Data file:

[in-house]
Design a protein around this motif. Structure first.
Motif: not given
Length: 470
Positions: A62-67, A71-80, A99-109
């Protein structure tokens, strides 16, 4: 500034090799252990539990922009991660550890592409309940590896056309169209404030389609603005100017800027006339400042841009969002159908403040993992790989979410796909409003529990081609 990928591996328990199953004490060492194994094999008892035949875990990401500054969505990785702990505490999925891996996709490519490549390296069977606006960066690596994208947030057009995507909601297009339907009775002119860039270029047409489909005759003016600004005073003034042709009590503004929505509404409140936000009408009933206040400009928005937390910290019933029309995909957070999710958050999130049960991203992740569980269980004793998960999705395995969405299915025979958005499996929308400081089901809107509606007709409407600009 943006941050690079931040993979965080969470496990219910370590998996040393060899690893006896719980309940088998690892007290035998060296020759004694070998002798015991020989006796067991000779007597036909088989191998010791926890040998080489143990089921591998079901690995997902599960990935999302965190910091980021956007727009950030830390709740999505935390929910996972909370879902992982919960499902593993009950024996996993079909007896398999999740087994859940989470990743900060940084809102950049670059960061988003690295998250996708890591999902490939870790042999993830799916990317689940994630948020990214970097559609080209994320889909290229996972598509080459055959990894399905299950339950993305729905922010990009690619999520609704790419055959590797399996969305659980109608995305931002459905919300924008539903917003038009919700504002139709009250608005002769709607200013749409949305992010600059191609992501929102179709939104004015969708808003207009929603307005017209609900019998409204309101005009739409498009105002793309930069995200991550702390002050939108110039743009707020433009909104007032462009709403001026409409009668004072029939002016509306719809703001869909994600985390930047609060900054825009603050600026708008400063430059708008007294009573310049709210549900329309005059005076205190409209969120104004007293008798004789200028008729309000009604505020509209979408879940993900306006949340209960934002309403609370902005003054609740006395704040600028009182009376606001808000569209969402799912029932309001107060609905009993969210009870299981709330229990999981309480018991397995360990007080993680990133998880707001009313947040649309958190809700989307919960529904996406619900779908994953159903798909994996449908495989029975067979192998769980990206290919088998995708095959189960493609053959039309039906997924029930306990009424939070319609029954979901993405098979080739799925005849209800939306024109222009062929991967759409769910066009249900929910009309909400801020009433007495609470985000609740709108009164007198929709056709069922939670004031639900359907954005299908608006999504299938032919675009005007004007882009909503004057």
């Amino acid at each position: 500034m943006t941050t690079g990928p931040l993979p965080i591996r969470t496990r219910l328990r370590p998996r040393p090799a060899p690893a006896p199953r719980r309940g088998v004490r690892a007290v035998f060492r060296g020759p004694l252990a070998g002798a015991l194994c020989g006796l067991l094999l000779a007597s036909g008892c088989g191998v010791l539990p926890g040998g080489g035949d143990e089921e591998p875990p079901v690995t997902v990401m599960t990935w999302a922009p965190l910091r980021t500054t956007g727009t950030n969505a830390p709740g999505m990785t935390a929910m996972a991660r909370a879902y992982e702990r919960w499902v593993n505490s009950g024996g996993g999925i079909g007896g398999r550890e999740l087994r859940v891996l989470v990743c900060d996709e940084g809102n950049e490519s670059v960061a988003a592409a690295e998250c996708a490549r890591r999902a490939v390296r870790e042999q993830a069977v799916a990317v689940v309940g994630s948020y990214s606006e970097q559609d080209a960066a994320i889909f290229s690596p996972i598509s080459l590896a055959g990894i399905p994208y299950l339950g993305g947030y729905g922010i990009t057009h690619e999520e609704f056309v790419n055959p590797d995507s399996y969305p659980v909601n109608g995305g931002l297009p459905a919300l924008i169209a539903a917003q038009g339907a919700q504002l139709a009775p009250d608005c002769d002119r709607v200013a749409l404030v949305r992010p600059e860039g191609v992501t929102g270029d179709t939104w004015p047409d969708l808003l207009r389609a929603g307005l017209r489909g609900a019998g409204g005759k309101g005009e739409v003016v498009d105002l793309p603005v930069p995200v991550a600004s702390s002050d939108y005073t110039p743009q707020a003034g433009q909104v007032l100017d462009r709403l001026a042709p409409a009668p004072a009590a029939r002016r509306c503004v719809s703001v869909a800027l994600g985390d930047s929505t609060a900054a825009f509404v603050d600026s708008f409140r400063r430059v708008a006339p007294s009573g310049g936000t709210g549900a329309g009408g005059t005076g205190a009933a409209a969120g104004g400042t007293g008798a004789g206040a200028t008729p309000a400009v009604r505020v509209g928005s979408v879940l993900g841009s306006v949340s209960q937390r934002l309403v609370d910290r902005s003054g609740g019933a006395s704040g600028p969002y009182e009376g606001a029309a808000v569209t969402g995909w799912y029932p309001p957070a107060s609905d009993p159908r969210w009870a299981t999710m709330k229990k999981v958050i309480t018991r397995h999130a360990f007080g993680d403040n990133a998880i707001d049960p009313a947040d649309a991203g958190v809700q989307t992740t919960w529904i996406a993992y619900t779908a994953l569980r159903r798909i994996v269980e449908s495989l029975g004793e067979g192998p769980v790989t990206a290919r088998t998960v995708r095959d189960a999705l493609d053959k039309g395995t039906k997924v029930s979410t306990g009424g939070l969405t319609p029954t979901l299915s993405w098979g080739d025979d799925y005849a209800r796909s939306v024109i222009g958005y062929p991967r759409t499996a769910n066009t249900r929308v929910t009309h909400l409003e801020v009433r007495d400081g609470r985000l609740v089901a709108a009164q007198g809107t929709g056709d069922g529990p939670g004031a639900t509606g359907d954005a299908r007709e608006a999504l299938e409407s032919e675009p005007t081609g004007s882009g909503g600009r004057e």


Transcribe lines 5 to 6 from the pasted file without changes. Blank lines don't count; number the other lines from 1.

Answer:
Positions: A62-67, A71-80, A99-109
């Protein structure tokens, strides 16, 4: 500034090799252990539990922009991660550890592409309940590896056309169209404030389609603005100017800027006339400042841009969002159908403040993992790989979410796909409003529990081609 990928591996328990199953004490060492194994094999008892035949875990990401500054969505990785702990505490999925891996996709490519490549390296069977606006960066690596994208947030057009995507909601297009339907009775002119860039270029047409489909005759003016600004005073003034042709009590503004929505509404409140936000009408009933206040400009928005937390910290019933029309995909957070999710958050999130049960991203992740569980269980004793998960999705395995969405299915025979958005499996929308400081089901809107509606007709409407600009 943006941050690079931040993979965080969470496990219910370590998996040393060899690893006896719980309940088998690892007290035998060296020759004694070998002798015991020989006796067991000779007597036909088989191998010791926890040998080489143990089921591998079901690995997902599960990935999302965190910091980021956007727009950030830390709740999505935390929910996972909370879902992982919960499902593993009950024996996993079909007896398999999740087994859940989470990743900060940084809102950049670059960061988003690295998250996708890591999902490939870790042999993830799916990317689940994630948020990214970097559609080209994320889909290229996972598509080459055959990894399905299950339950993305729905922010990009690619999520609704790419055959590797399996969305659980109608995305931002459905919300924008539903917003038009919700504002139709009250608005002769709607200013749409949305992010600059191609992501929102179709939104004015969708808003207009929603307005017209609900019998409204309101005009739409498009105002793309930069995200991550702390002050939108110039743009707020433009909104007032462009709403001026409409009668004072029939002016509306719809703001869909994600985390930047609060900054825009603050600026708008400063430059708008007294009573310049709210549900329309005059005076205190409209969120104004007293008798004789200028008729309000009604505020509209979408879940993900306006949340209960934002309403609370902005003054609740006395704040600028009182009376606001808000569209969402799912029932309001107060609905009993969210009870299981709330229990999981309480018991397995360990007080993680990133998880707001009313947040649309958190809700989307919960529904996406619900779908994953159903798909994996449908495989029975067979192998769980990206290919088998995708095959189960493609053959039309039906997924029930306990009424939070319609029954979901993405098979080739799925005849209800939306024109222009062929991967759409769910066009249900929910009309909400801020009433007495609470985000609740709108009164007198929709056709069922939670004031639900359907954005299908608006999504299938032919675009005007004007882009909503004057």